As Rover Curiosity hurtles through space on its way to Mars, it is confronted with many issues that NASA scientists must constantly account for. See the next step of Curiosity’s journey to the red planet.
For many centuries, maps of the southern sky showed extensive blank areas — the Terra Incognita of the heavens. The year 1595: For the first time, Dutch traders set sail to the East Indies. At night, navigators Pieter Keyser and Frederik de Houtman measured the positions of more than 130 stars in the southern sky. Soon, celestial globes and maps showed twelve new constellations, none of which had ever been seen before by any European.
See this fascinating story from ESOCast.
The British were the first to construct a permanent astronomical outpost in the southern hemisphere. The Royal Observatory at the Cape of Good Hope was founded in 1820. Not much later, John Herschel built his own private observatory, close to South Africa’s famous Table Mountain.
What a view! Dark skies. Bright clusters and star clouds high overhead. Little wonder that Harvard, Yale and Leiden observatories followed suit with their own southern stations. But the exploration of the southern sky still took lots of courage, passion and perseverance. Until fifty years ago, almost all major telescopes were located north of the equator.
Scientists have further narrowed the search for a hypothetical particle that could be dark matter, the mysterious stuff that makes up 80 percent of all the mass in the universe. This video from NASA Astrophysics presents the new results, compiled from two years’ worth of data from NASA’s Fermi Gamma-ray Space Telescope.
Gamma rays are very energetic light, and the telescope looks for faint gamma-ray signals that are generated by a variety of sources, such as gas and dust spiraling into supermassive black holes or exploding stars. But another potential source of gamma rays is dark matter. Although no one is sure what dark matter is, one of the leading candidates is a yet-to-be-discovered particle called a weakly interacting massive particle (WIMP). When two of these WIMPs meet, the theory goes, they can annihilate one another and generate gamma rays.
There are many possible versions of WIMPs, and they’re expected to span a wide range of masses, producing a range of gamma rays with different energies. Using Fermi, the scientists focused on 10 small galaxies that orbit the Milky Way, searching for gamma-ray signals within a specific range of energies. They found no signs of annihilating WIMPs, which rules out certain kinds Continue reading Narrowing the Search for Dark Matter→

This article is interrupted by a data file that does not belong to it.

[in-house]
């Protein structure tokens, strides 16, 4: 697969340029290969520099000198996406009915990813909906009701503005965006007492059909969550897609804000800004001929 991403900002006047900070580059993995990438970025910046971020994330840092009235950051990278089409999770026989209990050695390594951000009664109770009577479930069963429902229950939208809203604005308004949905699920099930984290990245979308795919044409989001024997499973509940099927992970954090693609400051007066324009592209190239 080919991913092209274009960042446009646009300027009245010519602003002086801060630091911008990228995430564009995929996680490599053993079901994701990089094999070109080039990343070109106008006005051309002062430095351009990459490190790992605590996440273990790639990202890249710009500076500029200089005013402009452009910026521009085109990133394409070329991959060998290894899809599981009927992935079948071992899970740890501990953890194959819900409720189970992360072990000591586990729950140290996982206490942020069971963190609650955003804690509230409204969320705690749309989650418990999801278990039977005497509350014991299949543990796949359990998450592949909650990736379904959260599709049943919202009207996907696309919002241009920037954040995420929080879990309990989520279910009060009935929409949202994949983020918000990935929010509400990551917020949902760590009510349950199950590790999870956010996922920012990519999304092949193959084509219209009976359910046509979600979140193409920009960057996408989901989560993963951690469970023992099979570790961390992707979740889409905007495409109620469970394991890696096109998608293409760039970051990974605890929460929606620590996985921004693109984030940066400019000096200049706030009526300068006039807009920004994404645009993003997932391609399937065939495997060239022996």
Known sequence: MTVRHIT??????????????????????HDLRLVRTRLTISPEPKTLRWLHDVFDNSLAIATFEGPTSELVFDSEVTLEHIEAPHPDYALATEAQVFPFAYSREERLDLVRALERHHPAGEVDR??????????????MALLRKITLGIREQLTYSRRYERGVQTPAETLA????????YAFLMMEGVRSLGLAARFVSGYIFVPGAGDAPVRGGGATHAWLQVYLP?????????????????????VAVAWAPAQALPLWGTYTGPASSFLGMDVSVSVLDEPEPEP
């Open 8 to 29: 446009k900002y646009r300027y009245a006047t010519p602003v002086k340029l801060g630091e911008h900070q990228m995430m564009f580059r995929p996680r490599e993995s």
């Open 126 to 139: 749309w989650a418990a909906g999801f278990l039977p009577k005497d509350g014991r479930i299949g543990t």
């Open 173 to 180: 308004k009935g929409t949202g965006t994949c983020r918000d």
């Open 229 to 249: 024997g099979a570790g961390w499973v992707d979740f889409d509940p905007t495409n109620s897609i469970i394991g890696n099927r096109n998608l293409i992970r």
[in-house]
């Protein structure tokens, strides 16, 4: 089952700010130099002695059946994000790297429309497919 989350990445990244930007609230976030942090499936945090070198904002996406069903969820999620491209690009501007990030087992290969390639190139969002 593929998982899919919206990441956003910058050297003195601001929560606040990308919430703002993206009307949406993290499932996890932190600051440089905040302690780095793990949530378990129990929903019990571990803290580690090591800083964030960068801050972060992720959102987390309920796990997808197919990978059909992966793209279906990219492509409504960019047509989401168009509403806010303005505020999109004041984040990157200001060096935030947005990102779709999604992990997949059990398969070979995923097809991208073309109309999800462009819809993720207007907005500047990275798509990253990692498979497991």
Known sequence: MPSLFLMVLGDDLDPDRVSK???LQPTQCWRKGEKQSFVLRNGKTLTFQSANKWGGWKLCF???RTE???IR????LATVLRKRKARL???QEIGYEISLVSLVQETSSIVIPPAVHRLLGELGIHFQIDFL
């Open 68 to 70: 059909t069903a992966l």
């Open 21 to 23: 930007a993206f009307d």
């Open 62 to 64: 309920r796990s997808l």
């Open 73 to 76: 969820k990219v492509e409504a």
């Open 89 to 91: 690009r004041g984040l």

Dust devils occur on Earth as well as on Mars. They are spinning columns of air, made visible by the dust they pull off the ground. Unlike a tornado, a dust devil typically forms on a clear day when the ground is heated by the sun, warming the air just above the ground. As heated air near the surface rises quickly through a small pocket of cooler air above it, the air may begin to rotate, if conditions are just right.
The Resolution Imaging Science Experiment (HiRISE) camera on NASA’s Mars Reconnaissance Orbiter has captured an image of one of these Martian Twisters. Using this image, scientists have recreated this dust devil in digital space.
Here’s Hubble’s best year by year from HubbleCast:
Among the first images to be sent back from Hubble after its launch in April 1990, this image of Saturn is good by the standards of ground-based telescopes.
1991: Orion Nebula
Although not perfectly sharp, this early image of the Orion Nebula nevertheless shows the rich colours and structures of this bright star-forming region.
1992: Herbig-Haro 2
Throughout the region of the Orion Nebula are numerous streamers of gas that come from newborn stars, known to astronomers as Herbig-Haro Objects.
1993: Messier 100
In late 1993, Hubble’s teething problems were resolved in the first servicing mission. Before-and-after images of the core of spiral galaxy Messier 100 show how this dramatically improved the telescope’s image quality.
1994: Shoemaker-Levy 9 hits Jupiter
Soon after the astronauts repaired Hubble during the first servicing mission, comet Shoemaker-Levy 9 collided with Jupiter.
1995: Eagle Nebula
Hubble’s image of the ‘pillars of creation’ in the Eagle Nebula is one of its most famous. These huge, dusty structures enshroud pockets of ongoing star formation.
1996: NGC 6826
This image from 1996 shows a planetary nebula, which represents the other extremity of a star’s life from the Eagle Nebula. Planetary nebulae form when Sun-like stars puff out their outer layers Continue reading Hubble’s Greatest Snaps→